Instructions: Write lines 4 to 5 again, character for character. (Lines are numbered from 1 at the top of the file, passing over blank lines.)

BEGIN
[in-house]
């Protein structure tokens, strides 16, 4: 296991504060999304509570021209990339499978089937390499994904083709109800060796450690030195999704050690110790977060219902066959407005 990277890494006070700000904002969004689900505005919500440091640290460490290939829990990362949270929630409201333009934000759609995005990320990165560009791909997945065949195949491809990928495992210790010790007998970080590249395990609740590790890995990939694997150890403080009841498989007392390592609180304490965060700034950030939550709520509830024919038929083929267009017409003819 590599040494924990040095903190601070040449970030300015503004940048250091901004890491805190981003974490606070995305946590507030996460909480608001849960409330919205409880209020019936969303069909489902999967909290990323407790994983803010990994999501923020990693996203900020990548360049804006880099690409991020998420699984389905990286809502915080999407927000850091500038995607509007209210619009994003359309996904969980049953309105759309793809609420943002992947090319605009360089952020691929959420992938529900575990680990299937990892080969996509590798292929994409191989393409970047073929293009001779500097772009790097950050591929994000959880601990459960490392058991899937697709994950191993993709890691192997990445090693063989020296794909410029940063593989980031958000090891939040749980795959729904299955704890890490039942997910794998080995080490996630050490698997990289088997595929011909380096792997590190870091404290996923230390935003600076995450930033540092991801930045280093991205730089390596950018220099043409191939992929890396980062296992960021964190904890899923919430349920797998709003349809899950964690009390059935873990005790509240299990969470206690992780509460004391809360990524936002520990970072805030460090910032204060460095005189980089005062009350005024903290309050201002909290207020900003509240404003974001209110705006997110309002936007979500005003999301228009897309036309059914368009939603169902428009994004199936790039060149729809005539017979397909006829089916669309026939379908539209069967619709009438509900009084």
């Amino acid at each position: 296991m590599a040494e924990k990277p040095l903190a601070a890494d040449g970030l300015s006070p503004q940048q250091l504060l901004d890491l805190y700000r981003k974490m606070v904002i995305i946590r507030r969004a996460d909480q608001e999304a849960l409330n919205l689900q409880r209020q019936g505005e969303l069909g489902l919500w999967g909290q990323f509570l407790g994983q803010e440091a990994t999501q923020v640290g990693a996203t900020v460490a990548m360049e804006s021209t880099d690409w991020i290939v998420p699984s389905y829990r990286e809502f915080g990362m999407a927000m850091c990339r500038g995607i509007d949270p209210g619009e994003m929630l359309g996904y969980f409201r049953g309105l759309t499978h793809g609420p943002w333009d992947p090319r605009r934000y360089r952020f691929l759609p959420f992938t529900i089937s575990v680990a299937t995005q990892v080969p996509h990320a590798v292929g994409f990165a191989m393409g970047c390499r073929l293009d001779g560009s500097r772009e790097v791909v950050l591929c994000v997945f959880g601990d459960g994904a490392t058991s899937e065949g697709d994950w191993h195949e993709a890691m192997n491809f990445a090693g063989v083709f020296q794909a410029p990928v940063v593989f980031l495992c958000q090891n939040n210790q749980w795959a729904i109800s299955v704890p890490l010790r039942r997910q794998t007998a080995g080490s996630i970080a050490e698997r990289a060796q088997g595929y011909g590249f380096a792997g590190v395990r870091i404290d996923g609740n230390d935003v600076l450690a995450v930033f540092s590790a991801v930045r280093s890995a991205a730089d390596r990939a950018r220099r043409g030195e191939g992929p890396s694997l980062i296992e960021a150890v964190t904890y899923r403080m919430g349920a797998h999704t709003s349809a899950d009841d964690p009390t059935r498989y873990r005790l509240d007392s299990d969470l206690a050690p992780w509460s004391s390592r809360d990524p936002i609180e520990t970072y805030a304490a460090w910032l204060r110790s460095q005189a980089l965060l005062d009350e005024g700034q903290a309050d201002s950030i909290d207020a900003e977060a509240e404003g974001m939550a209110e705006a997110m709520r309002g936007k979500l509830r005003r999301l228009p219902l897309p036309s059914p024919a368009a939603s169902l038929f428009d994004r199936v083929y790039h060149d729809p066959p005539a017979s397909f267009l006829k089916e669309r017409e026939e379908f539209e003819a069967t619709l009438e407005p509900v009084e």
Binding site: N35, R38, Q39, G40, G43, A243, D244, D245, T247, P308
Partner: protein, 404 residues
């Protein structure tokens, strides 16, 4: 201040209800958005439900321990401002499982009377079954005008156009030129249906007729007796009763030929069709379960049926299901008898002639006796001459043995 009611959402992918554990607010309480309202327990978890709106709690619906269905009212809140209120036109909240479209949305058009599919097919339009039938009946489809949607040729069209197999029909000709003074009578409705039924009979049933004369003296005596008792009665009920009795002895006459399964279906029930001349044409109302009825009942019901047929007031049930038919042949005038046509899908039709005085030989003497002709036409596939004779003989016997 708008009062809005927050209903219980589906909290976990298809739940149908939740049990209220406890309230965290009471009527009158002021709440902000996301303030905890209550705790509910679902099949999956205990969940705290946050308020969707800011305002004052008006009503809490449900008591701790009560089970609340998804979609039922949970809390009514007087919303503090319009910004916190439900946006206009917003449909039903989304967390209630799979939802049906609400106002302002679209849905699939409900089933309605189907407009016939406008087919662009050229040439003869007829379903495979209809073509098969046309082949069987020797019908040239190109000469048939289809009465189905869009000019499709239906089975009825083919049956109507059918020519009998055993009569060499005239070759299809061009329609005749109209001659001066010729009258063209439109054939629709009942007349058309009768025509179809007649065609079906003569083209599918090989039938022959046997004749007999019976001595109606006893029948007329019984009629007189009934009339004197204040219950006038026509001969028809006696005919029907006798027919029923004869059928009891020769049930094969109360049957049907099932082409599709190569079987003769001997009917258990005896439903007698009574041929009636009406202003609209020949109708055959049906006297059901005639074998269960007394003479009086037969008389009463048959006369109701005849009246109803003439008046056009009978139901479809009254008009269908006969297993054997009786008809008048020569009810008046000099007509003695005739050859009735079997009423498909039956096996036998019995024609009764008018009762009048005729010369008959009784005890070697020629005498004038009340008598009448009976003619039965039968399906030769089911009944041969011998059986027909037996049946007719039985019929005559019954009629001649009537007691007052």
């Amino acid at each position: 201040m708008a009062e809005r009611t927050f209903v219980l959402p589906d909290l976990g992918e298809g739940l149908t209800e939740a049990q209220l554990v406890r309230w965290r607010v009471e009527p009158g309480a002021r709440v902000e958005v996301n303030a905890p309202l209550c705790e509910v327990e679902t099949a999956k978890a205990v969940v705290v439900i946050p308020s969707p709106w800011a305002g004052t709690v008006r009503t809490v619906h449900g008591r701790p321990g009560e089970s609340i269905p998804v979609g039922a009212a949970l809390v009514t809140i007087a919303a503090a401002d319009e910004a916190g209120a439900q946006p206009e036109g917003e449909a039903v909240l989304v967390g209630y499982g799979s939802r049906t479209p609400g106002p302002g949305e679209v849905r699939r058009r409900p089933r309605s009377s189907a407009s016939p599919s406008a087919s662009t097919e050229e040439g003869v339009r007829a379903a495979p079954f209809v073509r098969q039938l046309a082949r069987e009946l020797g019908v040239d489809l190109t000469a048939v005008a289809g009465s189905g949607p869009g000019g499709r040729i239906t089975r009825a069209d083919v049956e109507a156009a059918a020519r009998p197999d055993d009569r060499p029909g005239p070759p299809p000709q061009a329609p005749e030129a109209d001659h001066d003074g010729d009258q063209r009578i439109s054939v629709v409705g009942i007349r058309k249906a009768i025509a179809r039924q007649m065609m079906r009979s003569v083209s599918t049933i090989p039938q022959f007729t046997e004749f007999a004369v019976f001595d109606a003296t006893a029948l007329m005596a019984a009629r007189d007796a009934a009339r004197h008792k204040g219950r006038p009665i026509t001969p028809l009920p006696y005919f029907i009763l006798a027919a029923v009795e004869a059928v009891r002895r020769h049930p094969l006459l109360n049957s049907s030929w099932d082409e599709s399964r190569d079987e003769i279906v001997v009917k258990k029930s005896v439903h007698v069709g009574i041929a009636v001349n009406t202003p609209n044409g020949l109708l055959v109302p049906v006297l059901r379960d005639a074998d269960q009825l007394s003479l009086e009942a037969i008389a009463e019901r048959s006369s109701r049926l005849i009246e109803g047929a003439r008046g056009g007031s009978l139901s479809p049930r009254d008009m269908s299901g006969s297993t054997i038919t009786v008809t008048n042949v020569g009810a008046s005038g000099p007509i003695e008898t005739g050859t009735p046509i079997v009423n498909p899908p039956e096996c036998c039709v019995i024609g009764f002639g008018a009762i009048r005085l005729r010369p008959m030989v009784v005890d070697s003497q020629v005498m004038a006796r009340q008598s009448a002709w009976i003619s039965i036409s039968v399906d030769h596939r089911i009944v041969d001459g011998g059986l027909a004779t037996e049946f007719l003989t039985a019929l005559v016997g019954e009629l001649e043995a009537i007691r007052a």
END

Binding site: N35, R38, Q39, G40, G43, A243, D244, D245, T247, P308
Partner: protein, 404 residues